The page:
Alcohol and drugs in rape and sexual assault

Lovett, Jo and Horvath, Miranda A. H. ORCID logoORCID: (2009) Alcohol and drugs in rape and sexual assault. In: Rape: challenging contemporary thinking. Horvath, Miranda A. H. ORCID logoORCID: and Brown, Jennifer M., eds. Willan Publishing, Cullompton, pp. 125-160. ISBN 9781843925200. [Book Section]

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The links between alcohol and sexual assault are now well established and have bee documented in both United Kingdom (UK) and international research (Abbey et al, 2001; Horvath & Brown, 2006a, 2007; Kelly, Lovett & Regan, 2005; Ullman,
Karabastsos & Koss, 1999; Walby & Allen, 2004). Although research has identified that administration of alcohol and drugs as means of obtaining illicit sex is not a new
phenomenon, it has been argued that the techniques for using alcohol and drugs to facilitate rape have changed and this issue is therefore worthy of renewed interest
(Foote, Wangmann & Braff, 2004). This chapter brings together and compares findings from two large independent studies which collected data on the involvement of alcohol and drugs in cases of rape and sexual assault reported to the police and/or sexual assault referral centres. We seek to explore the complexities of alcohol-related sexual assault by outlining a common methodological approach which generates findings that take greater account of the role of the perpetrator, the broader assault context (e.g. the location and relationship between the parties) and other situational characteristics, (e.g. the type of intoxicants consumed and the nature of consumption).
The aims of our chapter are to:
• promote a broader and more nuanced understanding of the realities of alcohol-related rape, which, we argue, are commonly over-simplified in both academic and popular representations of this crime;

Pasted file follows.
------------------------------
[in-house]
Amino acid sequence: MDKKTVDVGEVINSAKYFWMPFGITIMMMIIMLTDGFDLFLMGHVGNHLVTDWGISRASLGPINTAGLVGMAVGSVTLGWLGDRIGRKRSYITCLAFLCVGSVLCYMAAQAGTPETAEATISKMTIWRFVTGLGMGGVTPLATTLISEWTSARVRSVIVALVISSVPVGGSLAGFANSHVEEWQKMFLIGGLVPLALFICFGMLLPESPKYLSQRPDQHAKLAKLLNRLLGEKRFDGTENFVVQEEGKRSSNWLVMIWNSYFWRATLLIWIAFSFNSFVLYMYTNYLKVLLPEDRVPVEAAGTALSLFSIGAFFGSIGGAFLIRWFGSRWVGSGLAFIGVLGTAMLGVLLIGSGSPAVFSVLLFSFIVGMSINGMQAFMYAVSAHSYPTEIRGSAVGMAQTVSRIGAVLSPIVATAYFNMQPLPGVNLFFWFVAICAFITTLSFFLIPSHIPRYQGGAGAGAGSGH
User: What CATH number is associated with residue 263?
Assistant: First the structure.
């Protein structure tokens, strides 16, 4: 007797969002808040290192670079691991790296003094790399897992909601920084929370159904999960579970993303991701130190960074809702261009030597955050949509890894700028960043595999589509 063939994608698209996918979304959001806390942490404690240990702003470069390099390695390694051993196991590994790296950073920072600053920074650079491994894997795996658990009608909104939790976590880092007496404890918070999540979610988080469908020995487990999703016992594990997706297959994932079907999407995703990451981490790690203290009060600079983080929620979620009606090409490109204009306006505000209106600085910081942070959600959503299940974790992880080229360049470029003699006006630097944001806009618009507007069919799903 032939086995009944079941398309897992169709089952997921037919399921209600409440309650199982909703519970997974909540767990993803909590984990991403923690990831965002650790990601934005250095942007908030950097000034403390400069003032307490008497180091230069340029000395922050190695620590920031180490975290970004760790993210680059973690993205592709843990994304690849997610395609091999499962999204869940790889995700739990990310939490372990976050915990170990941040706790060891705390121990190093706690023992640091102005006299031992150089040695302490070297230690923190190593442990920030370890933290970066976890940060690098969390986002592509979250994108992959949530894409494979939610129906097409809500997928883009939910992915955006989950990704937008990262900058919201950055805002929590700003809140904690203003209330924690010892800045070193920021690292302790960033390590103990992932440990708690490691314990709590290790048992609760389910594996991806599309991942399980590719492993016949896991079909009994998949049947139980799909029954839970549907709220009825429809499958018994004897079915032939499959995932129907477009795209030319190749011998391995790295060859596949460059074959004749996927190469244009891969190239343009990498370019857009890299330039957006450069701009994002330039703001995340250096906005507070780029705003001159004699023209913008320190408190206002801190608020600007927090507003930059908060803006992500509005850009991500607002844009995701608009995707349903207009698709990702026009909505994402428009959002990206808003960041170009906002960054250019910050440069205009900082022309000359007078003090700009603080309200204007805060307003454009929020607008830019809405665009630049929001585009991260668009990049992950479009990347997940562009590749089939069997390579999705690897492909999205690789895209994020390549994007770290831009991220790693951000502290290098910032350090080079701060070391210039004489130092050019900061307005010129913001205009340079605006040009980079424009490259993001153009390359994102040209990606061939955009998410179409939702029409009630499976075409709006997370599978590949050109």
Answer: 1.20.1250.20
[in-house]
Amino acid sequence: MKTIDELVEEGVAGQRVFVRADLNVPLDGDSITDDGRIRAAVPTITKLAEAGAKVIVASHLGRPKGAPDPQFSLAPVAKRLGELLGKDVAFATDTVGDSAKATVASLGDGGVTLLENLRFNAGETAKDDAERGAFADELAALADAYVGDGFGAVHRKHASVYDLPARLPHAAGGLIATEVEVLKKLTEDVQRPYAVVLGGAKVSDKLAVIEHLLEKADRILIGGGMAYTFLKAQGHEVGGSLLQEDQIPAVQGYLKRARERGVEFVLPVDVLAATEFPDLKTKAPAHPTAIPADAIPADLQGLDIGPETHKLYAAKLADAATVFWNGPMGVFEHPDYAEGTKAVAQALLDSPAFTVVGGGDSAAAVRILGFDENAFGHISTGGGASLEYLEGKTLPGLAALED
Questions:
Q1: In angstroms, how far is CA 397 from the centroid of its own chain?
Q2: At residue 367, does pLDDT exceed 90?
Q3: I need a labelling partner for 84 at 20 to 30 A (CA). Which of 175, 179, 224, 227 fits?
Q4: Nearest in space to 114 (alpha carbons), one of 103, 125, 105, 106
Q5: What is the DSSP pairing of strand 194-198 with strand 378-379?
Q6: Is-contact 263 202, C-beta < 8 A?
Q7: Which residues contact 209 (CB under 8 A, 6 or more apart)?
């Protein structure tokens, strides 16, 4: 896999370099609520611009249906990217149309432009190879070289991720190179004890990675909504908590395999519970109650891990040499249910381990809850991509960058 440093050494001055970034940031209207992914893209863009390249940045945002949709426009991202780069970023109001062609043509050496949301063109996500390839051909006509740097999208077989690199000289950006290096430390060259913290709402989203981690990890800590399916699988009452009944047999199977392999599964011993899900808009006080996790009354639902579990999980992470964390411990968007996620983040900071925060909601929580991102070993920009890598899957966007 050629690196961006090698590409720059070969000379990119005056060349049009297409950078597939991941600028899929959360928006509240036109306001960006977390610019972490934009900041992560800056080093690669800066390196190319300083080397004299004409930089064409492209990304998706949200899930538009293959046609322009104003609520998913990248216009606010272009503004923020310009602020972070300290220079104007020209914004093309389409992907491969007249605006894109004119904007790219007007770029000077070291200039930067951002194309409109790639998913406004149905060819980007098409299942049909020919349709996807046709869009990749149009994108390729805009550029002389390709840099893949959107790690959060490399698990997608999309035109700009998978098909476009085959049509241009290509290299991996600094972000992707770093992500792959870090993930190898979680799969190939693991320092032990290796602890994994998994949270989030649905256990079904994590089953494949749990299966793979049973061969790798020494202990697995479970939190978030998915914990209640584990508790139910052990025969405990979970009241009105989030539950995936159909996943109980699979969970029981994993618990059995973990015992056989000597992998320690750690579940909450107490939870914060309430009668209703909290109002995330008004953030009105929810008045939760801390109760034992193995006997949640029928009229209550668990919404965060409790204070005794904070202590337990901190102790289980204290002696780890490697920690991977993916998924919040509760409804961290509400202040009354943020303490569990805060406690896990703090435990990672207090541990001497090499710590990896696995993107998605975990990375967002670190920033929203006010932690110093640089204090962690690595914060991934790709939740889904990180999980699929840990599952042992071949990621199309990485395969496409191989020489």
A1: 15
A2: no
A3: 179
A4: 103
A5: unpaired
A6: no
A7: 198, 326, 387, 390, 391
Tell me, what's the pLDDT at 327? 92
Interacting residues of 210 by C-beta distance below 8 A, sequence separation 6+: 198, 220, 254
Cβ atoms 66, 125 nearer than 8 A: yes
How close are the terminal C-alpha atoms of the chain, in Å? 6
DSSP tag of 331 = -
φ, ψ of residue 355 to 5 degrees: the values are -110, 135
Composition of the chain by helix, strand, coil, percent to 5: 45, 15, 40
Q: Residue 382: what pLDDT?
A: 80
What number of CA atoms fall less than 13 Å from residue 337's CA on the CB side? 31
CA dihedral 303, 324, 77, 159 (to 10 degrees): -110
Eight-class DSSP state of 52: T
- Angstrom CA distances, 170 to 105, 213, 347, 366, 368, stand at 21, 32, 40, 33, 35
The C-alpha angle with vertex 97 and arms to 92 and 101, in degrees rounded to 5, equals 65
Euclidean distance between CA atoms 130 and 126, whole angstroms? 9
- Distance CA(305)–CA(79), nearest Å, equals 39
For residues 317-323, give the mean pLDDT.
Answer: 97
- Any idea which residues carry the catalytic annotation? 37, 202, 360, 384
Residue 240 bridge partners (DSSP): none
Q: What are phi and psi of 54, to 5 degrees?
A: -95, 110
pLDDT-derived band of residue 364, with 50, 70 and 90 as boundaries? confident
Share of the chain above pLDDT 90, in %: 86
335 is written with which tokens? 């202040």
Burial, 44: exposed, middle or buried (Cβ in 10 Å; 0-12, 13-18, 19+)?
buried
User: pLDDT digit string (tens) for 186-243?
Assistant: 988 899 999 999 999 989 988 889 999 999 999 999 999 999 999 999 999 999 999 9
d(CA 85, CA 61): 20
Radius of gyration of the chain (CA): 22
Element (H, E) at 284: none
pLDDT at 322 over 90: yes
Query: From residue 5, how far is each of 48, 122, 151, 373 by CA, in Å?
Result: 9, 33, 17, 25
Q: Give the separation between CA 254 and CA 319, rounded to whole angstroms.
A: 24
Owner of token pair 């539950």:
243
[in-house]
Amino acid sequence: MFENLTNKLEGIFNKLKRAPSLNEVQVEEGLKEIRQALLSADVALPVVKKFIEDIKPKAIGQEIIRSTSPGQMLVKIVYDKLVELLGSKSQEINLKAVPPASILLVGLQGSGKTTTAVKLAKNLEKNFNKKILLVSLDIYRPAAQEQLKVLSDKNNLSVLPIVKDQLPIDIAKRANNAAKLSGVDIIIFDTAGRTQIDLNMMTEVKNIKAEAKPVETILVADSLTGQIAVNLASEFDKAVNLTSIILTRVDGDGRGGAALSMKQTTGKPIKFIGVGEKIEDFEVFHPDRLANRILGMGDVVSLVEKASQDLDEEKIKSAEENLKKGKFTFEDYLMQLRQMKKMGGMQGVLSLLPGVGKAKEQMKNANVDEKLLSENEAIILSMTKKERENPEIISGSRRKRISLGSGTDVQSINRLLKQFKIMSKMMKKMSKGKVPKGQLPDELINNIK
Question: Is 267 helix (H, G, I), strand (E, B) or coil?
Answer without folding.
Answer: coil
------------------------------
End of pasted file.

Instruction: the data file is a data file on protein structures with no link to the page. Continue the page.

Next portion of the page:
• advance the view, based on research evidence, that alcohol is the drug most commonly associated with rape;
• and to move beyond the tendency to focus solely on the role and characteristics of victims of alcohol-related sexual assault and incorporate perpetrator characteristics.
Our purpose is to dispel some persistent myths about alcohol and drugs in rape in relation to types of substances consumed and the nature of consumption, context,
victims and perpetrators. We will present findings from two datasets side by side which is not commonly done and will allow for direct comparison and the generation
of new hypotheses.

Item Type: Book Section
Research Areas: A. > School of Science and Technology > Psychology
A. > School of Science and Technology > Psychology > Qualitative and Mixed Methods Research group
A. > School of Science and Technology > Psychology > Forensic Psychology Research Group
Item ID: 6991
Useful Links:
Depositing User: Miranda Horvath
Date Deposited: 14 Feb 2011 11:30
Last Modified: 30 Nov 2022 01:34

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